The Italian farmers they are frightened by international speculation and consumers should be too: unfortunately, awareness of what we eat has been lost and this damages human health, the environment and the national economy. If once farmers were afraid of pests and diseases that could affect the harvest, today they fear the speculations of the agri-food sector.
Corn, wheat but also soy and cereals. They are products at the basis of human nutrition and raw materials to produce feed which dairy cows and livestock feed on for the production of meat. L'Italian agriculture has always had to face adversities such as parasites, plant and animal diseases, but for some time now his greatest fear is given by international speculations that cause a big "price volatility”By killing the agricultural market and environmental policies.
What does it mean "price volatility“? The classic Italian example is given by the price of wheat which from July 2010 to June 2011 in Italy has seen crazy fluctuations going from 20 euros per quintal to a price below 5 euros per quintal. The price of 20 euros per quintal was more or less constant until September 2010, the price given by Bologna stock exchange, one of the most important bags for Italian cereals. 20 euros per quintal, for a Italian farmer it just means returning with expenses. From this practical example the difficulty facing the sector is clear Italian farmer must face. The prices of raw materials vary very quickly and the problem is that for theItalian agriculture it is impossible to predict such fluctuations.
The economic heritage that revolves around raw materials and thereforeagriculture, it is so high that it has aroused the interest of large multinationals that buy and resell cereals just like other companies speculate on oil and coal. Certainly cereals are poor foods and have nothing to do with oil, but within a few years they have become the center of attention of the world of international finance.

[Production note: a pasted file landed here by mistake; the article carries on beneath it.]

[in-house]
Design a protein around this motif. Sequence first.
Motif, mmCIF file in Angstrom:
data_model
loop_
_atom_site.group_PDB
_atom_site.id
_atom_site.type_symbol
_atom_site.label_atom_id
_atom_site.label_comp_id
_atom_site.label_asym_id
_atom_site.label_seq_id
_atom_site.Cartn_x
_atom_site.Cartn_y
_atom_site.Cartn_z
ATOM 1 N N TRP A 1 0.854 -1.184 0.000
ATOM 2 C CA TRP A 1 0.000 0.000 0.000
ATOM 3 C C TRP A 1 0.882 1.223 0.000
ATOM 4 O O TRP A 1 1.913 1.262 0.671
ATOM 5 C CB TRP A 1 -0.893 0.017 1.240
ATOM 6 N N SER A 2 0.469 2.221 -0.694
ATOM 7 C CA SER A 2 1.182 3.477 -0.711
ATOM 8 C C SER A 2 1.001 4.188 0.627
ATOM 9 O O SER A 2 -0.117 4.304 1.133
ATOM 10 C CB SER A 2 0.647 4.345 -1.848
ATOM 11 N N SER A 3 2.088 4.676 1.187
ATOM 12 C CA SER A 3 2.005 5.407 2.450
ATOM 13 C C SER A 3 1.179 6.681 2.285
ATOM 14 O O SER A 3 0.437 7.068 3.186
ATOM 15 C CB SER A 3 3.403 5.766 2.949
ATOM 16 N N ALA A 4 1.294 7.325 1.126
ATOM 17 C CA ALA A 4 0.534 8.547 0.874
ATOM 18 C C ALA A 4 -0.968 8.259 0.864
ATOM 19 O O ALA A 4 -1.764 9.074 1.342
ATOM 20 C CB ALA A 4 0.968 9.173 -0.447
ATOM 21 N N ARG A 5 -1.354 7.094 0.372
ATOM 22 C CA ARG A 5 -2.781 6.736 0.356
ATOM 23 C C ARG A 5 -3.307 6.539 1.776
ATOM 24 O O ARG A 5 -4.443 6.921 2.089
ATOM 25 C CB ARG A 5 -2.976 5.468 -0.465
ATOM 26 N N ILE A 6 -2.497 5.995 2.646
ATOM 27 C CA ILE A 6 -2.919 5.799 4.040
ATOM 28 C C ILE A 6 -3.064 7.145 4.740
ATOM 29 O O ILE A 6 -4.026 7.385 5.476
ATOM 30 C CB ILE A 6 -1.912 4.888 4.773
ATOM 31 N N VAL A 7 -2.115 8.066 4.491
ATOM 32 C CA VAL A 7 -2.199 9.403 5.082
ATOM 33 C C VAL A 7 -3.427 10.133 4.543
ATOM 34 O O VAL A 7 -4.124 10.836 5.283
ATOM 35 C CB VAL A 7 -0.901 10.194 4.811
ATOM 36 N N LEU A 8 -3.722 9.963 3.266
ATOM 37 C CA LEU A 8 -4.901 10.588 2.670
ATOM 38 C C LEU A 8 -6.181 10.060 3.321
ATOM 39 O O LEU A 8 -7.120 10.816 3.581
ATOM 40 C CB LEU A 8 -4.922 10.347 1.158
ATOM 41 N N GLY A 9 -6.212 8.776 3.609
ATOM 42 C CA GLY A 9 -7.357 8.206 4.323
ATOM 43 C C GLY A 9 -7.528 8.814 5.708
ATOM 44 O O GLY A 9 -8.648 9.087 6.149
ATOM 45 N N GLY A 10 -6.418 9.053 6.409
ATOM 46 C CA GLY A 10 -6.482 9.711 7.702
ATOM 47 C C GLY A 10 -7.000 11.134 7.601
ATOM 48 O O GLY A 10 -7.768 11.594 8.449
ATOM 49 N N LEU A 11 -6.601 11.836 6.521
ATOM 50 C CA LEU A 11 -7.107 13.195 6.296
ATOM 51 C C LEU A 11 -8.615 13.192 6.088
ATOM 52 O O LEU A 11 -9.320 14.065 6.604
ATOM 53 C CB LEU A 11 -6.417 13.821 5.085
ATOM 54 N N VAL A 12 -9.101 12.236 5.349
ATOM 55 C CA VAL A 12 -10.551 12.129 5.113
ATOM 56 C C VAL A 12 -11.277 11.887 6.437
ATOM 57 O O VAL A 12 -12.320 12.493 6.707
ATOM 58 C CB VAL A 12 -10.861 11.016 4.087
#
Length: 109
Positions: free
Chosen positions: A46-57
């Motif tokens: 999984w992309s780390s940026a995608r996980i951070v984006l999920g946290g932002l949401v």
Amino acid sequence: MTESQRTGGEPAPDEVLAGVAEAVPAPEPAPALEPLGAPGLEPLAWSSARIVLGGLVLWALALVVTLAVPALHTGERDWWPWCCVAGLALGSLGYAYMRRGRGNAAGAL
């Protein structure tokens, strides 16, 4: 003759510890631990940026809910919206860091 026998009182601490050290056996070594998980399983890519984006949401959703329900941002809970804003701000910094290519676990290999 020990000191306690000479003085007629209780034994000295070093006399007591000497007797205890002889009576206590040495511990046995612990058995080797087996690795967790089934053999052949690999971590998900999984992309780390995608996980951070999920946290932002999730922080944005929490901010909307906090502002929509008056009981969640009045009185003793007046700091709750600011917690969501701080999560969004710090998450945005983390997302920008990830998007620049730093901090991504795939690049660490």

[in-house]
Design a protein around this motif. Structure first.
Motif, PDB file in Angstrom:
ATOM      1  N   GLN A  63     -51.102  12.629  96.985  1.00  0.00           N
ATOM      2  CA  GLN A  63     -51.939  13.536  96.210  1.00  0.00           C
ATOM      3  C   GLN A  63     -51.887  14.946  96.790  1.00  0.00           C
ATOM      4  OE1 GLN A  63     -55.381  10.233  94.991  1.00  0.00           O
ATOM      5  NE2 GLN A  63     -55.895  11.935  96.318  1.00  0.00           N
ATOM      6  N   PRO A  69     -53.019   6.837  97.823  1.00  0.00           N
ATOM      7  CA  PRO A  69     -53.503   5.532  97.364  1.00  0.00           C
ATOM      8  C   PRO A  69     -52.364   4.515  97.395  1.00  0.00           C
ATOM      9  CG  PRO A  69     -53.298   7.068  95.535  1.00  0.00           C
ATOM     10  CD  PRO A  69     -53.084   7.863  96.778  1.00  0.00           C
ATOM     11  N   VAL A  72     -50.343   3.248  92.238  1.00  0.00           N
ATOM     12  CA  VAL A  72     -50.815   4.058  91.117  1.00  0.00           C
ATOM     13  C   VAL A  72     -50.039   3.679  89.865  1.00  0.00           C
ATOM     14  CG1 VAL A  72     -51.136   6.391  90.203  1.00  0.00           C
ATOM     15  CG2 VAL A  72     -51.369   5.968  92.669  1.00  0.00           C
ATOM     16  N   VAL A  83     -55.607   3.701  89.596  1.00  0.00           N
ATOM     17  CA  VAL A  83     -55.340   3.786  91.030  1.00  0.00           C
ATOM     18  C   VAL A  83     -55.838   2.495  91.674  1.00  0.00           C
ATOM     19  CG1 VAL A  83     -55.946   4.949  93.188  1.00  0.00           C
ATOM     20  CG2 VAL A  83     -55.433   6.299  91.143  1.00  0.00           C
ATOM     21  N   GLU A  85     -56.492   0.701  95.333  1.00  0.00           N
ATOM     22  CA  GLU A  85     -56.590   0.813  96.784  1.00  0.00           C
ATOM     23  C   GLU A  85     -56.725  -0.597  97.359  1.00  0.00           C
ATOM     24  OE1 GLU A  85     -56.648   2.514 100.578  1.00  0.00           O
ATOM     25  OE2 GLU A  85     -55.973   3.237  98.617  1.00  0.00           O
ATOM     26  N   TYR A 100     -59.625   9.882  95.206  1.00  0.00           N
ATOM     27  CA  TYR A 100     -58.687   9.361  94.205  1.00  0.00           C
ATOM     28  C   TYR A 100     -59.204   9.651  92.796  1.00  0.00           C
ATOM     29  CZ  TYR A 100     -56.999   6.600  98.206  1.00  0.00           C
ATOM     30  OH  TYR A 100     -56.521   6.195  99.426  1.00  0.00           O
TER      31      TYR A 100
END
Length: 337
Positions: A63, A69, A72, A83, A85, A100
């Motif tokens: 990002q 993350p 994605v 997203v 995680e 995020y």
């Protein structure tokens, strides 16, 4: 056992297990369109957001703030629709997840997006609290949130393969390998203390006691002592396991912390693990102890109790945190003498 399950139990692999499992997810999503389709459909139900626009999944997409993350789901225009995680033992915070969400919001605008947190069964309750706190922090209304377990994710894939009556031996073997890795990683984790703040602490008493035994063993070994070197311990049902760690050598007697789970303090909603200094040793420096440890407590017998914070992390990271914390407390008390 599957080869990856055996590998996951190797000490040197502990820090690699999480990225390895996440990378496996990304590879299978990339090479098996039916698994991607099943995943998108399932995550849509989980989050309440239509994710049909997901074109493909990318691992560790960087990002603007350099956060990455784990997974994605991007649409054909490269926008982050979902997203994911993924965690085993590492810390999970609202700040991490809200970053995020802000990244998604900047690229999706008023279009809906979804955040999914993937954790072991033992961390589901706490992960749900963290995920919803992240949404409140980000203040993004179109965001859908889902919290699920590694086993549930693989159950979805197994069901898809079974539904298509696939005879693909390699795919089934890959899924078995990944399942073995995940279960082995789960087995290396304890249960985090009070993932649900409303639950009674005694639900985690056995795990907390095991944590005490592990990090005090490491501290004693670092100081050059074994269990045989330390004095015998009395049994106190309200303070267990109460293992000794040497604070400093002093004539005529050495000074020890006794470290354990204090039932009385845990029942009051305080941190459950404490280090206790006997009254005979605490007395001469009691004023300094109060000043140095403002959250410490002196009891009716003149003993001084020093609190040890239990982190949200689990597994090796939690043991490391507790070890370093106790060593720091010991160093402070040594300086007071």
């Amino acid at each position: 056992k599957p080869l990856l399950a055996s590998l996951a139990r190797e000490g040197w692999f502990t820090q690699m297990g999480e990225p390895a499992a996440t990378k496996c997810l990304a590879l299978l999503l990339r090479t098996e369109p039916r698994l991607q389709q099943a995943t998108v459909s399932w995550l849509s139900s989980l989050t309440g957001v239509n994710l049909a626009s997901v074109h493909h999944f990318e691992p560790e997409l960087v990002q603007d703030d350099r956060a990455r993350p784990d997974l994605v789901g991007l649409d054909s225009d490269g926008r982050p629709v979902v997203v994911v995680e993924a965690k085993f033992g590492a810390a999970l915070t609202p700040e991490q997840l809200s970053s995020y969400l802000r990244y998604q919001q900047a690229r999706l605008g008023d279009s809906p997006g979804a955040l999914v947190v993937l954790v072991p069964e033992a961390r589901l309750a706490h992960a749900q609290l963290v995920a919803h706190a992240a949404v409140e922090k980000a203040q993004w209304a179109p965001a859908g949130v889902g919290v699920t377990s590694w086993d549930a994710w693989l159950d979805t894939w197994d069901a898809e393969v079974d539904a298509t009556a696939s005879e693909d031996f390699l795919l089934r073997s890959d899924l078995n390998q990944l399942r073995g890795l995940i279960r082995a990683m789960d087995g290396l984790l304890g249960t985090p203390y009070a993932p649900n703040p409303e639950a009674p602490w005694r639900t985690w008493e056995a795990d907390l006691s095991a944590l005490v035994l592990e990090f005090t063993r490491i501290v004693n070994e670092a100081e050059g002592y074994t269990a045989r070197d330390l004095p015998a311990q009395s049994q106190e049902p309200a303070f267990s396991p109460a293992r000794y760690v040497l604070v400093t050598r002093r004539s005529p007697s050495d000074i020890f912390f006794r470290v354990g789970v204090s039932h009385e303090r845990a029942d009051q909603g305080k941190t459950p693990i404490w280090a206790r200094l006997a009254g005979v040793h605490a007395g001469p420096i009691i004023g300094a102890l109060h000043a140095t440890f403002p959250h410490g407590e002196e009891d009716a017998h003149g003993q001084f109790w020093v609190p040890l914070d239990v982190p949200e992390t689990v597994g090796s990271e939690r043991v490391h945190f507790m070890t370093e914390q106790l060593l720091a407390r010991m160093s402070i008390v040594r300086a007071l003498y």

The reason? In China and in India per capita consumption of cereals is declining and nations have drastically changed their eating habits in favor of a diet based on the consumption of meat. Such a change may seem "futile"But it gave rise to another worrying phenomenon, the so-called"land grabbing"Which literally means"land grabbing ". It is a race to see who wins the largest piece of land in those developing countries. The large multinationals have launched what has been called the "agricultural neo colonialism", Phenomenon born in 2007.
The data collected by the Oxfam, An international confederation that fights against the injustice of poverty in the world, from 2001 to today the hectares of land involved in sales and sales, are over 227 million. To give an idea of how many 227 million hectares of land are, you have to imagine an area as large as all of North Western Europe. With this example it is clear to everyone how important the sector is agri-food for the speculations of multinationals. The price crisis that hit theItalian agriculture and then made thebiological agriculture as an elite commodity, it was caused by such speculations.
Cultivation in the southern hemisphere produces very low cost food, which is then sold in western countries. It is difficult to predict which security procedures are implemented in these geographical areas but the intensive cultivation, as well as intensive farming, can seriously harm the health of the environment (harmful emissions, pesticides, herbicides released into the atmosphere) and of humans. Furthermore the intensive cultivation it is used not only for the production of food but also for biofuels. The massive acquisition of land is heavily criticized and has received a series of condemnations from governments and bodies that deal with the protection of man and the territory.
The solution forItalian agriculture? As often happens, the power is in the hands of the consumer. The Italian farmers they can't do much but adjust to one intensive cultivation and enter into agreements with multinationals to avoid fluctuating prices too much. The consumer, preferring the local product could, instead, make the difference.
edited by Anna De Simone